Developments with RSE and PSHE…

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Firstly, the name has changed – SRE – Sex and Relationships Education – will become RSE – Relationships and Sex Education or Relationships Education in Primary Schools emphasising the focus on healthy relationships.

The Children and Social Work Act 2017 introduced a new legislation on relationships and sex education in schools.
Chapter 4, Section 34 introduces statutory ‘relationships and sex education’ across all secondary schools, including academies and independent schools; and statutory ‘relationships education’ across all primary schools.
Chapter 4, Section 35 gives the government the right to introduce statutory PSHE at a later date without passing new legislation.

What’s happening now?
1.The previous Education Secretary, Justine Greening, announced on 19 December 2017, an eight week ‘call for evidence’ inviting views of teachers, parents and young people to help shape the first updating of relationships and sex education guidance since 2000. Damian Hinds has now taken over as the new Education Secretary and he will go ahead with plans.
2.The Department for Education will consult widely with the education and young people’s sectors in order to determine the content of the regulations and statutory guidance; and on whether to introduce PSHE as the framework within which RSE is delivered.
The Secretary of State will bring the regulations and guidance back to the House of Commons for its approval.

The Timetable
The Department for Education will draft regulations and guidance and will put them out for consultation.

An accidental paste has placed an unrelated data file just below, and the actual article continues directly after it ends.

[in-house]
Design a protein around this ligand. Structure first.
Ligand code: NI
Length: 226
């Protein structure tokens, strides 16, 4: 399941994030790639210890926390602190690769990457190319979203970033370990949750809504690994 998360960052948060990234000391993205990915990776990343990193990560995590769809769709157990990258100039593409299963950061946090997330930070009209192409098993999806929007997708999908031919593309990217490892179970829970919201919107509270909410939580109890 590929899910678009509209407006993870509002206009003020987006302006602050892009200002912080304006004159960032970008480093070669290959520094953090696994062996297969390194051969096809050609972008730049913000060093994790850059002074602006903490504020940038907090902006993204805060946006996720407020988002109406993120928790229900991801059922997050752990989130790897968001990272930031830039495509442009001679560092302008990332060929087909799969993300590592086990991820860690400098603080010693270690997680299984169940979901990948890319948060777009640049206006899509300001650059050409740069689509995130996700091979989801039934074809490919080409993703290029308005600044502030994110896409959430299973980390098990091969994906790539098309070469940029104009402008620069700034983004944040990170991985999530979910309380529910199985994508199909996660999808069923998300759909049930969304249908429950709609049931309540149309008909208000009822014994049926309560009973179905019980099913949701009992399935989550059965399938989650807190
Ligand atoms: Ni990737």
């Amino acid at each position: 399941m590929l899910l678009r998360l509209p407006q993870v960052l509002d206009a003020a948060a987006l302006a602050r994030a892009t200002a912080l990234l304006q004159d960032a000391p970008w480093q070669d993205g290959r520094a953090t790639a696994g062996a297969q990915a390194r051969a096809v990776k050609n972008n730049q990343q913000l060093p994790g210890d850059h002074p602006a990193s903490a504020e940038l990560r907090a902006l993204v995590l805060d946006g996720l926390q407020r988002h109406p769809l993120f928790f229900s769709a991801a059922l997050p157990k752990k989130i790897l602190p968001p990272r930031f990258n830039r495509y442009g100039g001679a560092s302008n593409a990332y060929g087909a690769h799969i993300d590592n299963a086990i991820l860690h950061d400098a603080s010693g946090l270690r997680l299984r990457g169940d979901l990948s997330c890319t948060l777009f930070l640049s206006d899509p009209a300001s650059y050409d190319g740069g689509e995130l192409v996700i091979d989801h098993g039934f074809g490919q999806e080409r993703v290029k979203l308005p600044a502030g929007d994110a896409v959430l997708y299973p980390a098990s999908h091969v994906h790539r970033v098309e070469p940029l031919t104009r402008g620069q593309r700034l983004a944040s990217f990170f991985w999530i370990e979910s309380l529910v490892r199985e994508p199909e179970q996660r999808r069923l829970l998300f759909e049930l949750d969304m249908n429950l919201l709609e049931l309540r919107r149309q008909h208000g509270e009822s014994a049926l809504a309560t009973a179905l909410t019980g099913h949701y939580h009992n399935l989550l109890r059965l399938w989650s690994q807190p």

2. Regulations and final draft guidance will be presented in Parliament, and final statutory guidance will be published – probably by September 2018.
3. Schools will be expected to deliver ‘RSE’ in secondary schools and ‘relationships education’ in Primary schools, in the academic year 2019/2020.
4. “The Government will commit to review the statutory guidance on RSE within three years of its publication, and to a regular timetable after that, that will balance continuity for schools with ensuring content is up to date.”*

•RSE falls within the scope of school inspection. Key elements are already covered in Ofsted’s school inspection handbook, and Her Majesty’s chief inspector will take full account of the new requirements in determining future school inspection arrangements’*
•Ofsted is already seeking to appoint an HMI lead for citizenship and PSHE, whose role will be to keep abreast of developments in this area and oversee the training of inspectors in light of the new expectations on schools*.
•Independent schools will be held to account through inspectors reporting against the independent school standards*.

Until then?
Currently, PSHE and SRE are not statutory subjects on the national curriculum. However, the national curriculum framework statutory guidance states that schools should make provision for PSHE and that secondary schools must teach SRE. Despite this, the only topic SRE must cover under legislation is HIV, AIDS and other STIs.

[Adapted from The Sex Education Forum/*Edward Timpson MP, Hansard, March 7th 2017]